View Full Version : My Cycle of Life


Mcgregger44
03-09-14, 12:51 AM
‘’Hi, I’m Jack, I am new here…
Six months passed marking the anniversary yet feelings of celebration were not the emotions felt. Another new job, another new personality, a fitting place for my mind and hands. Day after day, week after week, all different yet somehow all the same. My time spent had become blurred in memory into a ball of unsettled energy tucked away in the linear motion of my mind.


It wasn’t a hard job stocking shelves and aligning product. It was a tedious one, which came with little thought. Programmed like a computer, I knew only what I needed to know, did whatever was directed. My mind had become accustomed, no, encoded into a way of work, a new way of life. Little time was spent on contemplation or redirection, only plans of the upcoming day and miserable night. Only the contemplation of items which would inevitably be shipped, unloaded, then placed in the empty slots.


Thought had become irrelevant and an unnecessary distraction. An enemy to progress and the greater good. Months of this made it easier and less frowned upon. The drive to speak up, stick out, had been extinguished after my first day.


I was paid ten dollars an hour for my time at work but one hundred wouldn’t suffice for the damage done. The overtime at home, in my mind, could not and would not be accounted for by the H.R. rep or store accountant. How far is too far? How much is too much? My job had broken the walls, flooding my social and personal life with work and only that.


My conscious, my humanity begged me, warned me, “Please let me out, I’m here”—like a neglected dog eager for attention. I avoided my instincts like the Indians avoid the white man, and any recognition of this would do me no good. Money needed to be earned, bills needed to be paid. I had become isolated and filled with motivation and all the while stripped of these very things. Shelves of laundry detergent and soap began filling my living room walls as pallets and boxes overflowed my dining room table. Like the dog, I had begun to chew off my own tail.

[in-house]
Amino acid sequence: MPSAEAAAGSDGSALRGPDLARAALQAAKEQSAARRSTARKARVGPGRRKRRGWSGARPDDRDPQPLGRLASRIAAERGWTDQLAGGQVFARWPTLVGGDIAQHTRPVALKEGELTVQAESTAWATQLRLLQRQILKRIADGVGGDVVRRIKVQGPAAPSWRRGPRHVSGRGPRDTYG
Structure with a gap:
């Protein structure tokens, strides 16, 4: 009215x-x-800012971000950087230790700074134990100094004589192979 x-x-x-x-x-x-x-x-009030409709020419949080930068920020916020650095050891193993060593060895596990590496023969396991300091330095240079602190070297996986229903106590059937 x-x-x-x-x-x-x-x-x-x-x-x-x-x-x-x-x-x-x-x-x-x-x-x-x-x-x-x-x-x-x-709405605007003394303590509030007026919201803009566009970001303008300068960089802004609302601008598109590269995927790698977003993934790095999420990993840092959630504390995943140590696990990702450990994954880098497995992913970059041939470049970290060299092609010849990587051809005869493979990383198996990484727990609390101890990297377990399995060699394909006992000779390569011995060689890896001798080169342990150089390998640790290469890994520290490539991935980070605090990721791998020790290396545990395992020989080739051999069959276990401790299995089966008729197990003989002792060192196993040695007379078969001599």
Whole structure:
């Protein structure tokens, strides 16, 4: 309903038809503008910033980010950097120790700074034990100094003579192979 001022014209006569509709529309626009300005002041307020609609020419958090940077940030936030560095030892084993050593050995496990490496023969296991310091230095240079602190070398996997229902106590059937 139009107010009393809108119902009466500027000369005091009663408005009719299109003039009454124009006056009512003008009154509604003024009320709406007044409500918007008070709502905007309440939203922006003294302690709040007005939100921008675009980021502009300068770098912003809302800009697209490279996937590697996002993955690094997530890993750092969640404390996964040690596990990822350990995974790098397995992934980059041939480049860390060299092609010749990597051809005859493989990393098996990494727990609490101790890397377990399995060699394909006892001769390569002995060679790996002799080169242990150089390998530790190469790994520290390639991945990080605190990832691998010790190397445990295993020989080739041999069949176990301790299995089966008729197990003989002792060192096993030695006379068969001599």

My resignation seemed unprovoked as I shamefully yet proudly handed my letter to my boss. A forty year old man still unaware of the fate that consumed me. Destiny and life move at different speeds. “It was a pleasure to have worked with you, I wish you the best” recited the balding man as the dog’s cage door unlocked. I had the world at my feet.


The days that followed were not as enjoyable as previously envisioned. The computer had been unplugged yet the software was still running. Slowly, and thankfully surely, the cans of soup dissolved from my living room, the pallets from the table. My vision remained the same but things appeared visually and emotionally different. Months of backlog had done its toll, rushing neglected sense into my susceptible eyes.


Frightened and depressed to say the least, I begged for the soup, begged for the pallets. The recycle bin had all but been emptied. With motivation and no direction my physical and mental energy had turned on itself. It’s not easy to halt a train at full speed. My mind wanted purpose, my body wanted work, and however the answer remained unseen.


My decomposition had become evident as routine tasks were now routinely difficult. The greatest of efforts were required to pick up the phone, as I made the necessary call. An interview was arranged and conducted with enthusiasm. The dog was being lead back into the cage. The map had an “X” at last and the ship set sail. My first day approached and I eagerly headed into the office.


“Hi, I’m Jack, I am new here…